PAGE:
Tradition can lead to innovation."
The Culinary Institute of America’s Worlds of Flavor International Conference & Festival is programmed to inspire. And it does.
For three days I was immersed in cooking techniques, flavor pairings, ideas for new dishes and strategies for new business models. More than 80 Michelin-starred chefs and food experts from Europe, Mediterranean countries, North Africa, the Middle East, South Asia and the United States shared their creativity and passion with foodservice professionals of all types.
I was impressed by these guest speakers’ knowledge of the origins of the foods they used in their cooking demonstrations. They spoke to how and where their ingredients are sourced and what the land looks like today compared to the past. They shared how they prepare ingredients with great histories to mirror how people eat today.
In today’s marketplace, food brands pay close attention to hot new taste trends and consumer preferences, searching for new ways their brands may inform menu innovation. They are focused — rightly so — on innovation.
But the buzziest trends, such as za’atar, labna and fermentation, are those that go back centuries. In short, everything old is new again. And that’s a big opportunity for food brands.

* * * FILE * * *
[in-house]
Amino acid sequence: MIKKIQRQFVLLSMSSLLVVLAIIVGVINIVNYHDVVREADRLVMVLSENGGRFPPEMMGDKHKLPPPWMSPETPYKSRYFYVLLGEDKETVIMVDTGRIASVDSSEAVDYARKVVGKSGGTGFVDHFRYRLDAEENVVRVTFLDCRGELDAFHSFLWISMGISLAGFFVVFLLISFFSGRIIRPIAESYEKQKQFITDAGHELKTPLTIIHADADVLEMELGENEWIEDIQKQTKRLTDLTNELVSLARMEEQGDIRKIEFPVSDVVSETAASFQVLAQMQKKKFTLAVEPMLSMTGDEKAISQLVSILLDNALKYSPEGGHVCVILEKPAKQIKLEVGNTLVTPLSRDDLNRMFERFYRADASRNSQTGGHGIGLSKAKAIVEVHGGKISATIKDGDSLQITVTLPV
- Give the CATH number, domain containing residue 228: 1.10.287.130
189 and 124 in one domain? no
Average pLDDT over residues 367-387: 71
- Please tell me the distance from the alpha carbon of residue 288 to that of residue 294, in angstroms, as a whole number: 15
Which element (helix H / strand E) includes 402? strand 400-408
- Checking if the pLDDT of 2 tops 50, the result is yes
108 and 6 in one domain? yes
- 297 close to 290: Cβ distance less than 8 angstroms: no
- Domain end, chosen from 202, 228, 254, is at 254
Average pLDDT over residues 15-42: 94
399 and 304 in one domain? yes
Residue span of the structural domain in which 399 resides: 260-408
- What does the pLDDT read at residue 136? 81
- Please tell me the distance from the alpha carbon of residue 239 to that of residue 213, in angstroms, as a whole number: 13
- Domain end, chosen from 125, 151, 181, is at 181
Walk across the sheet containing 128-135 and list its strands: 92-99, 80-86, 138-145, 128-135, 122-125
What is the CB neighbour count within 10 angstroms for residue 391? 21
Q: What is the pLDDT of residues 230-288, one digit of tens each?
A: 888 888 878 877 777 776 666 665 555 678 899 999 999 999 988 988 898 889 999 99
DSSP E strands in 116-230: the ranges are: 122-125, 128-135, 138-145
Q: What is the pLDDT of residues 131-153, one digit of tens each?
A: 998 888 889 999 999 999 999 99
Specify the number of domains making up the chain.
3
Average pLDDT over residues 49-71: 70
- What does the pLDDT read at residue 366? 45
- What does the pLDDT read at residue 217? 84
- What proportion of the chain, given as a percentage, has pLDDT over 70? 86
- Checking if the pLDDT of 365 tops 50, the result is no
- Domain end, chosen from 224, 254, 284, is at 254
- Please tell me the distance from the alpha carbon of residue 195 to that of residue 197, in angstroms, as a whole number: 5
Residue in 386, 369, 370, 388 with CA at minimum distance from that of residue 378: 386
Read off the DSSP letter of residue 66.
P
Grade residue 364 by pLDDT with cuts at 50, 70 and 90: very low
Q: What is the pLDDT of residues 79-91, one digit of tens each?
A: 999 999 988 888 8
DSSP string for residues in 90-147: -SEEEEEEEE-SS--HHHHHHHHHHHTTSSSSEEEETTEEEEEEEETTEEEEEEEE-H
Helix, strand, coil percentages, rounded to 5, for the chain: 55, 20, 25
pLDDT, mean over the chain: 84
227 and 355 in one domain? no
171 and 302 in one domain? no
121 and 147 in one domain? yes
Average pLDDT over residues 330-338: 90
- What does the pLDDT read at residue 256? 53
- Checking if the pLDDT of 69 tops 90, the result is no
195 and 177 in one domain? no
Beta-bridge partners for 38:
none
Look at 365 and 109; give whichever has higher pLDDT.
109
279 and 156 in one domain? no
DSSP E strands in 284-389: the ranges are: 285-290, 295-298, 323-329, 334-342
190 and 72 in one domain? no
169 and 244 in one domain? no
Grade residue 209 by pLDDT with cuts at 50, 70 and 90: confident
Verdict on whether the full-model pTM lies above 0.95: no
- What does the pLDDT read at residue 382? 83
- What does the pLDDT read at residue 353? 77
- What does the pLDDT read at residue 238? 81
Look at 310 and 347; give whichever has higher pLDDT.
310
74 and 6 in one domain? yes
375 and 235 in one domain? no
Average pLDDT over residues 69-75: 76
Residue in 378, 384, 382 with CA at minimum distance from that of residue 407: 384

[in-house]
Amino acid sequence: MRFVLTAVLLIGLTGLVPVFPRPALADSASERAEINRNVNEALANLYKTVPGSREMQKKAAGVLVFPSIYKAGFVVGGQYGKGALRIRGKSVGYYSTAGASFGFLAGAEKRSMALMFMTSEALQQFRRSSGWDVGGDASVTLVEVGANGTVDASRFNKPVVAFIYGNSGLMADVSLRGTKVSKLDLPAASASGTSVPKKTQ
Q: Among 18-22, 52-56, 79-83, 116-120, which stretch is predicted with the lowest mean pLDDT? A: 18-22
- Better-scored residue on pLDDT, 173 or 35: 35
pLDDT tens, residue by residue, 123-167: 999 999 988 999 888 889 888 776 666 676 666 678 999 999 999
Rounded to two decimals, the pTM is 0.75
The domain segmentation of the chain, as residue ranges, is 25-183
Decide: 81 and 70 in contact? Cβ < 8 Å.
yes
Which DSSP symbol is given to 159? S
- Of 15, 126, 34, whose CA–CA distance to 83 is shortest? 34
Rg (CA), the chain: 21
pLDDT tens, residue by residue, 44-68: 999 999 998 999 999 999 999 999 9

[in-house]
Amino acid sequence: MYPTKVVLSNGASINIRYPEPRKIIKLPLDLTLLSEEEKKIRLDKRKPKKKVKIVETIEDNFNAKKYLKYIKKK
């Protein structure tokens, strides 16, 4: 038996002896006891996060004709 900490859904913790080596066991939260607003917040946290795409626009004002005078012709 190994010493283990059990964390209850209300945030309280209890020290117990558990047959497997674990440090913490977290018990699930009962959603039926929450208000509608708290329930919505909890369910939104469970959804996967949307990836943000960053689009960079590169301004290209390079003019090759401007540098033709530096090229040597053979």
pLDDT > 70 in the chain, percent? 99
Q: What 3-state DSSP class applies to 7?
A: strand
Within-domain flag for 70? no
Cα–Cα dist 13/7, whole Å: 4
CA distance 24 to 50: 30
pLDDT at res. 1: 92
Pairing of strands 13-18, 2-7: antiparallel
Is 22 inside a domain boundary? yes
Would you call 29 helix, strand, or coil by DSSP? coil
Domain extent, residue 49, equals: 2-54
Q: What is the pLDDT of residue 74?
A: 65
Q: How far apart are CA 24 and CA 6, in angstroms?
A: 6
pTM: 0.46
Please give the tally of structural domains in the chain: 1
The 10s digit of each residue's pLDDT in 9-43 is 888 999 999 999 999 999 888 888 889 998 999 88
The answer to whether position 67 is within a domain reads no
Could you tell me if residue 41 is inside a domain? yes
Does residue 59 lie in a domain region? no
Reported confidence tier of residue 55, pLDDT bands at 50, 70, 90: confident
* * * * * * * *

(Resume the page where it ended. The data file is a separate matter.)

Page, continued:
Tradition can lead innovation. Some of our most popular flavors — such as the combination of garlic, onions and tomato — have been at the foundation of recipes from regions as disparate as Italy, Israel, Iran and Turkey for time immemorial. Why? They taste good together.
Innovation doesn’t need to mean “new to the world.” Innovation can stem from taking a look back at tradition to restore and renew those flavor profiles and preparation methods.
Today’s most creative chefs are using old techniques and recipes to prepare their new dishes. A traditional holiday dish, for example, can be deconstructed into a shareable appetizer. Another great example is street food — kebabs, tacos, cones or the art of pickling — are all traditional foods and preparations made relevant again but served from a food truck or street cart.
How can brands share traditions, teach heritage and inspire today’s most innovative menus? Use their website or newsletter or consider new ways to use package design to tell a story.
The heritage of the foods is relevant. Old school is still cool.